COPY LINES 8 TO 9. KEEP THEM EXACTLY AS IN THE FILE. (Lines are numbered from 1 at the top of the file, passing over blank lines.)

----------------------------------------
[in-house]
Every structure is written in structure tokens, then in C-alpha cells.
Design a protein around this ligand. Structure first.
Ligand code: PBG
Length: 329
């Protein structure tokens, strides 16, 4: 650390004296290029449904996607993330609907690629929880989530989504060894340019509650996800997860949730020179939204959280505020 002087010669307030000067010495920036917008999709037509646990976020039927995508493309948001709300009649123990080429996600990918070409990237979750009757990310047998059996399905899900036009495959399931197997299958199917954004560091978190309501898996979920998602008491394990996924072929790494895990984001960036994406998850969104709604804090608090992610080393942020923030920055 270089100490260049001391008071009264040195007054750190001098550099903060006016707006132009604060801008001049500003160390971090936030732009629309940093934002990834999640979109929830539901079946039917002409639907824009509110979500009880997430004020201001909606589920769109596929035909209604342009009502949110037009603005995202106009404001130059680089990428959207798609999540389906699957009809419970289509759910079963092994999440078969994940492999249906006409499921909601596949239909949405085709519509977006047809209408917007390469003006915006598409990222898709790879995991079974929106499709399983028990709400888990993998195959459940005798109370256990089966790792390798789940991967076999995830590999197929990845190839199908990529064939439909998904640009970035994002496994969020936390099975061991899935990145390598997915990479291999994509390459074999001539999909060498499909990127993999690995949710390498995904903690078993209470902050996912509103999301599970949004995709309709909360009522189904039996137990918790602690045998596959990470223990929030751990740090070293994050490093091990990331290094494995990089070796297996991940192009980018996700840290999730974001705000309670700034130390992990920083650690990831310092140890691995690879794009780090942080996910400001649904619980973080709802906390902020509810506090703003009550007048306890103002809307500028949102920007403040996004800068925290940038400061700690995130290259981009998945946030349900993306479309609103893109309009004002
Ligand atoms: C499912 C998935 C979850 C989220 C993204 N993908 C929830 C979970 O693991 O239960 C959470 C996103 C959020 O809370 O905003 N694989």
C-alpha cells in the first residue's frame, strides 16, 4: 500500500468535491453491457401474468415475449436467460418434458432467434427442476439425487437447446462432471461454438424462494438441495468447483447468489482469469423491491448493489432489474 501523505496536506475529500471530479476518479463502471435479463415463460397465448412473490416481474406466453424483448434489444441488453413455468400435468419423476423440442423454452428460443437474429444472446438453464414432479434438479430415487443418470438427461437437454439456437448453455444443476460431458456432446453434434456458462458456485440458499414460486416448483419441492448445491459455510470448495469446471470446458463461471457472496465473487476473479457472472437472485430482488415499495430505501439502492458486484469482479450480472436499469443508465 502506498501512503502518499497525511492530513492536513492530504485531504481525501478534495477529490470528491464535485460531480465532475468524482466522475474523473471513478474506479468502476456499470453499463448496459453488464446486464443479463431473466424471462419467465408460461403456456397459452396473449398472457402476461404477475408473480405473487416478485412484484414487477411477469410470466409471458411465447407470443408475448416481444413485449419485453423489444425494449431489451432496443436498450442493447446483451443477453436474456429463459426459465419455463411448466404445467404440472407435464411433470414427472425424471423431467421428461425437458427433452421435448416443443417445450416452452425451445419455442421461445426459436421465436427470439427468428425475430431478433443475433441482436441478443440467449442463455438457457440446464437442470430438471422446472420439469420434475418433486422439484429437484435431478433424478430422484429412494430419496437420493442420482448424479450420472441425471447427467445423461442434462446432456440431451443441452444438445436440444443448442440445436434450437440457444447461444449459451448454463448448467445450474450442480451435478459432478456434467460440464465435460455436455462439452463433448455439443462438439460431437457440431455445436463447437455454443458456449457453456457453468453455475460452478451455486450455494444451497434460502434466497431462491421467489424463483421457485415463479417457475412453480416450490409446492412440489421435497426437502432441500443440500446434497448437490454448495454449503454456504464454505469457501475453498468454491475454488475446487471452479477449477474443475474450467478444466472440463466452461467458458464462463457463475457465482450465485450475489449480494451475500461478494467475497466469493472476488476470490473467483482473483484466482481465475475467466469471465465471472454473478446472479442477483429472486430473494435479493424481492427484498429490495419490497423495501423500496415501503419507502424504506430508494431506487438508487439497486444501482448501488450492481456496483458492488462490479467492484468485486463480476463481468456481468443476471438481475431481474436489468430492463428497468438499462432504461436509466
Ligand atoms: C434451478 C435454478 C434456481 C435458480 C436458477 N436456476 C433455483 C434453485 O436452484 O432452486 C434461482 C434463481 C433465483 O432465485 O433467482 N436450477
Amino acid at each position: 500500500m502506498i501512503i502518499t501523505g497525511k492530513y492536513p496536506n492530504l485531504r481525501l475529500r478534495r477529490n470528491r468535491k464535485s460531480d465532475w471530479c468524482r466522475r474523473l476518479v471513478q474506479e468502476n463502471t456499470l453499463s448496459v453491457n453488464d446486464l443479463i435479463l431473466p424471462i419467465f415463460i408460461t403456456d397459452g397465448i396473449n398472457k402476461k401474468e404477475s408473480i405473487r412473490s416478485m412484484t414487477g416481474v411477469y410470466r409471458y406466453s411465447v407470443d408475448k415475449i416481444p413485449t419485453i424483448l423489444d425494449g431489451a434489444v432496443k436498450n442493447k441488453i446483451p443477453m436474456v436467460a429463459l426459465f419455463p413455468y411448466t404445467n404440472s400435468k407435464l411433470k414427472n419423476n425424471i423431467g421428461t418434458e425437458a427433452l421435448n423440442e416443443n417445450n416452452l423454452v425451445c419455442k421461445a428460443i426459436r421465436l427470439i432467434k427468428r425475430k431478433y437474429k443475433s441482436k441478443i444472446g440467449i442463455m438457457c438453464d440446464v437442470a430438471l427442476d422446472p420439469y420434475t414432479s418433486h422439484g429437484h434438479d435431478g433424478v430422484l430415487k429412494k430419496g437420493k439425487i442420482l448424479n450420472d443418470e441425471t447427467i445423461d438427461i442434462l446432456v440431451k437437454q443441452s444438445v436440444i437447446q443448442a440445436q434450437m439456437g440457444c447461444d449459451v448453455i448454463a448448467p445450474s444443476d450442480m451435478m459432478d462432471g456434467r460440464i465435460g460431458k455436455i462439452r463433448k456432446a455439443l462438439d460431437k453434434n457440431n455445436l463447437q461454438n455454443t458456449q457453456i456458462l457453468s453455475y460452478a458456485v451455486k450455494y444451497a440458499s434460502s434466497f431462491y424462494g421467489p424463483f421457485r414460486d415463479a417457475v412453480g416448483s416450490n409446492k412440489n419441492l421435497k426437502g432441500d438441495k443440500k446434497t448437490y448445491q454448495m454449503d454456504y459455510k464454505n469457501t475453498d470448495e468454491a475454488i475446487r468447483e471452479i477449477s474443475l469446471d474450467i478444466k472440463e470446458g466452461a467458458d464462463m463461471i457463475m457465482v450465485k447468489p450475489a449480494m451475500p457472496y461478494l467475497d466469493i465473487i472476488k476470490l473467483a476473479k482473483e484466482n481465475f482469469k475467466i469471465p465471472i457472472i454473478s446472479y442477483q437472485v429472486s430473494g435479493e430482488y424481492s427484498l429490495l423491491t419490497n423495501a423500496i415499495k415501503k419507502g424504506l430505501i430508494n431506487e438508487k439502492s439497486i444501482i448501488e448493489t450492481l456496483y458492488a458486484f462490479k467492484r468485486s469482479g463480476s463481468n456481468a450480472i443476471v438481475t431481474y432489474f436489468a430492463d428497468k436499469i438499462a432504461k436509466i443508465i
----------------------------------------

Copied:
C-alpha cells in the first residue's frame, strides 16, 4: 500500500468535491453491457401474468415475449436467460418434458432467434427442476439425487437447446462432471461454438424462494438441495468447483447468489482469469423491491448493489432489474 501523505496536506475529500471530479476518479463502471435479463415463460397465448412473490416481474406466453424483448434489444441488453413455468400435468419423476423440442423454452428460443437474429444472446438453464414432479434438479430415487443418470438427461437437454439456437448453455444443476460431458456432446453434434456458462458456485440458499414460486416448483419441492448445491459455510470448495469446471470446458463461471457472496465473487476473479457472472437472485430482488415499495430505501439502492458486484469482479450480472436499469443508465 502506498501512503502518499497525511492530513492536513492530504485531504481525501478534495477529490470528491464535485460531480465532475468524482466522475474523473471513478474506479468502476456499470453499463448496459453488464446486464443479463431473466424471462419467465408460461403456456397459452396473449398472457402476461404477475408473480405473487416478485412484484414487477411477469410470466409471458411465447407470443408475448416481444413485449419485453423489444425494449431489451432496443436498450442493447446483451443477453436474456429463459426459465419455463411448466404445467404440472407435464411433470414427472425424471423431467421428461425437458427433452421435448416443443417445450416452452425451445419455442421461445426459436421465436427470439427468428425475430431478433443475433441482436441478443440467449442463455438457457440446464437442470430438471422446472420439469420434475418433486422439484429437484435431478433424478430422484429412494430419496437420493442420482448424479450420472441425471447427467445423461442434462446432456440431451443441452444438445436440444443448442440445436434450437440457444447461444449459451448454463448448467445450474450442480451435478459432478456434467460440464465435460455436455462439452463433448455439443462438439460431437457440431455445436463447437455454443458456449457453456457453468453455475460452478451455486450455494444451497434460502434466497431462491421467489424463483421457485415463479417457475412453480416450490409446492412440489421435497426437502432441500443440500446434497448437490454448495454449503454456504464454505469457501475453498468454491475454488475446487471452479477449477474443475474450467478444466472440463466452461467458458464462463457463475457465482450465485450475489449480494451475500461478494467475497466469493472476488476470490473467483482473483484466482481465475475467466469471465465471472454473478446472479442477483429472486430473494435479493424481492427484498429490495419490497423495501423500496415501503419507502424504506430508494431506487438508487439497486444501482448501488450492481456496483458492488462490479467492484468485486463480476463481468456481468443476471438481475431481474436489468430492463428497468438499462432504461436509466
Ligand atoms: C434451478 C435454478 C434456481 C435458480 C436458477 N436456476 C433455483 C434453485 O436452484 O432452486 C434461482 C434463481 C433465483 O432465485 O433467482 N436450477